Rambus Takes Tokenization To Real-Time Payments

Data technology firm Rambus is introducing a new solution for central banks and clearing houses to heighten security of payments using tokenization.

The company announced news on Wednesday (May 9) that it is launching its Payment Account Tokenization solution to combat fraud in direct credit, direct debit and person-to-person (P2P) payments. Central banks and clearing houses will be able to replace account numbers with unique tokens to safeguard sensitive information, Rambus explained, adding that the solution can enhance security for ACH and real-time payments.

“Tokenization has already been proven successful in securing mobile payments worldwide,” said Rambus SVP and General Manager of the firm’s Security Division Bret Sewell in a statement. “Our Payment Account Tokenization does the same for real-time payments, enabling account-based transactions to be processed faster and safer than ever before.”

In its announcement, Rambus highlighted commentary from 451 Research principal analyst Jordan McKee.

“Digital has paved the way for fast and easy payment experiences, prompting a rise in account-based transactions,” McKee said. “Fraudsters have made note of this trend and are increasing their focus on account credentials given their growing disbursement across many locations, including eCommerce websites, mobile and P2P wallets, invoices and payroll.”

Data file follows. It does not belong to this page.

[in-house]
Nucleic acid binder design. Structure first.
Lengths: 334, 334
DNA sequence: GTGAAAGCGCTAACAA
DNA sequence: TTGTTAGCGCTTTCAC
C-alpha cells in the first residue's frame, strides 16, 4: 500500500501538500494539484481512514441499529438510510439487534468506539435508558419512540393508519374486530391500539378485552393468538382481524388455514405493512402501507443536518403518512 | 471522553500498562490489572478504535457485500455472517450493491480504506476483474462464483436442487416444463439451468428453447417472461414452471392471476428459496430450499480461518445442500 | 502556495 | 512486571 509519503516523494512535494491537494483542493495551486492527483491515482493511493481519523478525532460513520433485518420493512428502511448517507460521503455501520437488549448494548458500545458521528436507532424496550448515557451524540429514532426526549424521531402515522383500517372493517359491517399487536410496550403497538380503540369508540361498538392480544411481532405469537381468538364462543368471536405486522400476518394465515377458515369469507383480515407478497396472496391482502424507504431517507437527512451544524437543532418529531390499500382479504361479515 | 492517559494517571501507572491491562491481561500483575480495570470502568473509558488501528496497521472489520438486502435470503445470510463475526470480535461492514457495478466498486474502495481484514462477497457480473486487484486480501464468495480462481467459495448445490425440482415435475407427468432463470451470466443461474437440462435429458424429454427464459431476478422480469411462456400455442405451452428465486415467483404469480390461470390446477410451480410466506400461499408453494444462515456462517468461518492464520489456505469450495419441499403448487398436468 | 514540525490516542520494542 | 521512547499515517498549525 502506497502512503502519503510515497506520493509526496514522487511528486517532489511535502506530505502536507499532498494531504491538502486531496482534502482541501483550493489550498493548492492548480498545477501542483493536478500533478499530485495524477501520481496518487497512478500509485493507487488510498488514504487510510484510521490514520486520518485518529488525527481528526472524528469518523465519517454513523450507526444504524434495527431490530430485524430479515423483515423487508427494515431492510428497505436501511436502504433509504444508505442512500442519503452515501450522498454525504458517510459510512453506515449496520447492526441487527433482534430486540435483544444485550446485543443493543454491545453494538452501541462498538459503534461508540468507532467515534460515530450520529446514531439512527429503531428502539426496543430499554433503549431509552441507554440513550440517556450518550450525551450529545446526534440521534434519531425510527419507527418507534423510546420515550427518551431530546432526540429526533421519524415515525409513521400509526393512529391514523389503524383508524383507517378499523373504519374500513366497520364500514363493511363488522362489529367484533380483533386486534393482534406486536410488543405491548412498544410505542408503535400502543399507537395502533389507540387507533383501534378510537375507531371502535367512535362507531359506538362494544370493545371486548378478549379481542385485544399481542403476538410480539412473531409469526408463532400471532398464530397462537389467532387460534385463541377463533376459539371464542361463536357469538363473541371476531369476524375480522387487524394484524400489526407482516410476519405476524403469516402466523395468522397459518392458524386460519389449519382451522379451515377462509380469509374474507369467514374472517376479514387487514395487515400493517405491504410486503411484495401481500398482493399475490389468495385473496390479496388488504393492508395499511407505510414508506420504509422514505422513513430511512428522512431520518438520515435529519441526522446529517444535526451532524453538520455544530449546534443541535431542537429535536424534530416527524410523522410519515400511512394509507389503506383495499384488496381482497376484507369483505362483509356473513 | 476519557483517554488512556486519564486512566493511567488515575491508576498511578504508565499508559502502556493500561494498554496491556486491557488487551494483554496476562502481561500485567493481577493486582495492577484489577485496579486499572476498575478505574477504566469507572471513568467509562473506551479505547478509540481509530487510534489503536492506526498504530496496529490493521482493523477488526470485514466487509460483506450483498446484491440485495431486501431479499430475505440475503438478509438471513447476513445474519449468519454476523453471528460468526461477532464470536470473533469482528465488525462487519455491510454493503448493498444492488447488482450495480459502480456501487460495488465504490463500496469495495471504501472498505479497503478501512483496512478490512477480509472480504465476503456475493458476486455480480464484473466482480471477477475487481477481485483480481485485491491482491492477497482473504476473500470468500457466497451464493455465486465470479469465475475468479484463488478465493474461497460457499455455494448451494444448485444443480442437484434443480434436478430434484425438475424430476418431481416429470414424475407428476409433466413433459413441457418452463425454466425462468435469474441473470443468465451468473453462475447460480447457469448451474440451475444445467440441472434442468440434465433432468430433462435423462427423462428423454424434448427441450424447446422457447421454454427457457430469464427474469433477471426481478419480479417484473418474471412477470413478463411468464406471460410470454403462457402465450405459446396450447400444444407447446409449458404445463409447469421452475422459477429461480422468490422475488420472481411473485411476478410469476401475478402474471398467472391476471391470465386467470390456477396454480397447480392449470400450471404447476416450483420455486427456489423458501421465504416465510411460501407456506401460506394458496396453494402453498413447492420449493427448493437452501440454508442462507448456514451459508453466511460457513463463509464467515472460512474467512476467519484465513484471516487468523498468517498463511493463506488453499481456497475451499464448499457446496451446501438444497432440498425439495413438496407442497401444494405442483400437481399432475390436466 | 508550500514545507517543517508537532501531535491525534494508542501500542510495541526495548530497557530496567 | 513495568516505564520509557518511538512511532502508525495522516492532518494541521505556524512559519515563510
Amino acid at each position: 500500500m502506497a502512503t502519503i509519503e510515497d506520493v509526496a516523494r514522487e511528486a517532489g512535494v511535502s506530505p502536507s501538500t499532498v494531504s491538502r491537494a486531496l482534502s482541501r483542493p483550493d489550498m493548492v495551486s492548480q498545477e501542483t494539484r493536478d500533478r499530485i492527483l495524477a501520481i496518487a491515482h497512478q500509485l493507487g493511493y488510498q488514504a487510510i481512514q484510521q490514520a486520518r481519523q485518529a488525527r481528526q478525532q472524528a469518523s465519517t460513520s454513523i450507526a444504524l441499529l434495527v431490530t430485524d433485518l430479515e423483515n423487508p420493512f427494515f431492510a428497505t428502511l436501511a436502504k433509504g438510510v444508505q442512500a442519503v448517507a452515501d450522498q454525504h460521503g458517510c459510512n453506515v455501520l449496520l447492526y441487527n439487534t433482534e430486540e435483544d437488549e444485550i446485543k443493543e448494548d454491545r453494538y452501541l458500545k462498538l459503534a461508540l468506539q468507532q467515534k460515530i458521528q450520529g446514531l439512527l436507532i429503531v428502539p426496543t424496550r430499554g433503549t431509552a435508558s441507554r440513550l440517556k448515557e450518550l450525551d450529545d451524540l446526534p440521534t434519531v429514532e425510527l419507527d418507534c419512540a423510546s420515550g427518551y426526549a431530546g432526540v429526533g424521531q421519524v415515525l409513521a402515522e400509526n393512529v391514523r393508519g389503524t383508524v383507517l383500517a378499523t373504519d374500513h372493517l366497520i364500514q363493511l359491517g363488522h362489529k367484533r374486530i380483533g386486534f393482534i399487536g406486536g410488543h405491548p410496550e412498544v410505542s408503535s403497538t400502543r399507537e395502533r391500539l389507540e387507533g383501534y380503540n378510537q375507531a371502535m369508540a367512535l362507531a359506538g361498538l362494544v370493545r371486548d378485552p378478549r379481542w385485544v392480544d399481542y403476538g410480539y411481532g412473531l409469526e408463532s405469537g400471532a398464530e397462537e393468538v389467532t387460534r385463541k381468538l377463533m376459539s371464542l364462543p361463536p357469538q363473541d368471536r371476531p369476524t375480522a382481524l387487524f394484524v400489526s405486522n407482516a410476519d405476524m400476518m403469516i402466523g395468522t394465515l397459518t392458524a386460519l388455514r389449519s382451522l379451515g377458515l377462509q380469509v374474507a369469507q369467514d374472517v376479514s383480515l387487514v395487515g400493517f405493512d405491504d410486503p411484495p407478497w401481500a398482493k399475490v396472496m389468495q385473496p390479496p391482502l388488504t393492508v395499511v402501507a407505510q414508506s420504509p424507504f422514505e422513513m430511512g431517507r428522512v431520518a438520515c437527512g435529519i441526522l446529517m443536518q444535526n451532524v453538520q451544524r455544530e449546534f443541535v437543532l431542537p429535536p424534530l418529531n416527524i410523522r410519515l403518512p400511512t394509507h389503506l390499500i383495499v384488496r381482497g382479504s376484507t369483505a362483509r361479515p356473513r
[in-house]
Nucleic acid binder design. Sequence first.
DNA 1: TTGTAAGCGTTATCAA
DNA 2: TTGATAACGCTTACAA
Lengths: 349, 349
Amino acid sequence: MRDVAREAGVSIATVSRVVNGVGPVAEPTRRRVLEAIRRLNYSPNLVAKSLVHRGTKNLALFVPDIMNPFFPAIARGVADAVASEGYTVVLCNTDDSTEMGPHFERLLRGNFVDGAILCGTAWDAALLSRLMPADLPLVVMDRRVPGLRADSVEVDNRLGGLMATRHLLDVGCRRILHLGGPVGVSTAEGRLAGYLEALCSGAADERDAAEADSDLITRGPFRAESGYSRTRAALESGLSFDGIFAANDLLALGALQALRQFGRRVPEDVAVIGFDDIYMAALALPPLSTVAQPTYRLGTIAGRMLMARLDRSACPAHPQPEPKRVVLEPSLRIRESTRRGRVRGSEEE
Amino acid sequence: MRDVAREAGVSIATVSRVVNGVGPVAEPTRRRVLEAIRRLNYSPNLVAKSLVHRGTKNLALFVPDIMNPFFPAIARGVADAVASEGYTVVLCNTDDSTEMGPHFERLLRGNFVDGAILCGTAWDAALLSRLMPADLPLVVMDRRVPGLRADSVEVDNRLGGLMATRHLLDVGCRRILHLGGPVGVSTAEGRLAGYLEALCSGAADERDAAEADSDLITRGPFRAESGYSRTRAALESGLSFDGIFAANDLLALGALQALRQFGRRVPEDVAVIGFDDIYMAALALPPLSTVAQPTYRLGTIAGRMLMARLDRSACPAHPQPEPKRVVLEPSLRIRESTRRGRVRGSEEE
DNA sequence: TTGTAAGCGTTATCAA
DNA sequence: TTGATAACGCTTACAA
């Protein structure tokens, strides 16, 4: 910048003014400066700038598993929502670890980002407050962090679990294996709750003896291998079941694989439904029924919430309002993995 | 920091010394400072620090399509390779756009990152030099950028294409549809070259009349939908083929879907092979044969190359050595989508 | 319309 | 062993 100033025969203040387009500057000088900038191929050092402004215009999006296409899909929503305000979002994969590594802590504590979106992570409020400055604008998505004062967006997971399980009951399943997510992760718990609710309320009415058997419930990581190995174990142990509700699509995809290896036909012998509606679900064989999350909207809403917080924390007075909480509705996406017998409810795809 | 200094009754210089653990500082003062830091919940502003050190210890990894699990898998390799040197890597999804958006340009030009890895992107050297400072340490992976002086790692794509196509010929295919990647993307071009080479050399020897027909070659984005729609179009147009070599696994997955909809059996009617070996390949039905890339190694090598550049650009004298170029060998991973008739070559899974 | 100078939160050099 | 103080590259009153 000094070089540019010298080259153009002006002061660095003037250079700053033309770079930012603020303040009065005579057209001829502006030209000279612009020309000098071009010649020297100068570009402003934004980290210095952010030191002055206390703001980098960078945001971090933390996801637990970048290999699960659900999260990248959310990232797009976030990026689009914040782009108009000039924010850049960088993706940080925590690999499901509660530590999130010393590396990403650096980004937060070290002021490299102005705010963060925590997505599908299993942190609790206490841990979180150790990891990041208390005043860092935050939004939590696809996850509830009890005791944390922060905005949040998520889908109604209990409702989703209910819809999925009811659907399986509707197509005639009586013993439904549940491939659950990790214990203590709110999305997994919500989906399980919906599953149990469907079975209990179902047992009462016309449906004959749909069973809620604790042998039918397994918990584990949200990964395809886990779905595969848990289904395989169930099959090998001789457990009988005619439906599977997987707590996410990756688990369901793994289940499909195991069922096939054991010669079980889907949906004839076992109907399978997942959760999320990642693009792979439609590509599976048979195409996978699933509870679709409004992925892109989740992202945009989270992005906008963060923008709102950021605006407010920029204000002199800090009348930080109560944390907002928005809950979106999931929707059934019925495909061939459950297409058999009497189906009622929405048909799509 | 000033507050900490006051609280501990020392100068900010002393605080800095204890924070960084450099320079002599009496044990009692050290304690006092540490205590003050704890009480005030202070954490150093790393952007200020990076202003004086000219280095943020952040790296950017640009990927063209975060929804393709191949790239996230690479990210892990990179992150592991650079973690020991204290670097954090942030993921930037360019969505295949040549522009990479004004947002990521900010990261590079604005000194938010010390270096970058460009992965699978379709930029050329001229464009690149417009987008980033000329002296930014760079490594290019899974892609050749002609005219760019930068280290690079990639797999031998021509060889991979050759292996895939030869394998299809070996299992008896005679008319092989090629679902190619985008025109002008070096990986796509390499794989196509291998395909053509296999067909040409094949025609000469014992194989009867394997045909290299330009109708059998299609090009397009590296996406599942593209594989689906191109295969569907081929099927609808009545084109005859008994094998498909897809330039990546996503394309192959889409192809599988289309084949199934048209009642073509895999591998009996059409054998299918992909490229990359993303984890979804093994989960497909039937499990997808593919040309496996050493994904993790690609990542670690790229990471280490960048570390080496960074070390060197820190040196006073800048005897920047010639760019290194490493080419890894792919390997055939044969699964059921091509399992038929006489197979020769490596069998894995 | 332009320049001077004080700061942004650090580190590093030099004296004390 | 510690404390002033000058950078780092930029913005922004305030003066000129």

“To protect customers and thwart fraudulent attacks, businesses must implement security tactics that serve to eliminate the use of sensitive credentials in the transaction flow,” he added.

Rambus has integrated additional features into its solution, including lifecycle management for banks to manage tokenized bank account numbers by suspending or reactivating them. Banks can also control domains, enabling them to limit tokenization to a particular merchant, channel or spending amount.

The acceleration of payments has led some analysts to raise concerns about the ability for companies, consumers and the financial services industry to identify and combat fraud. Data from NACHA, however, found no increase in fraud reported by banks since the rollout of Same Day ACH last year.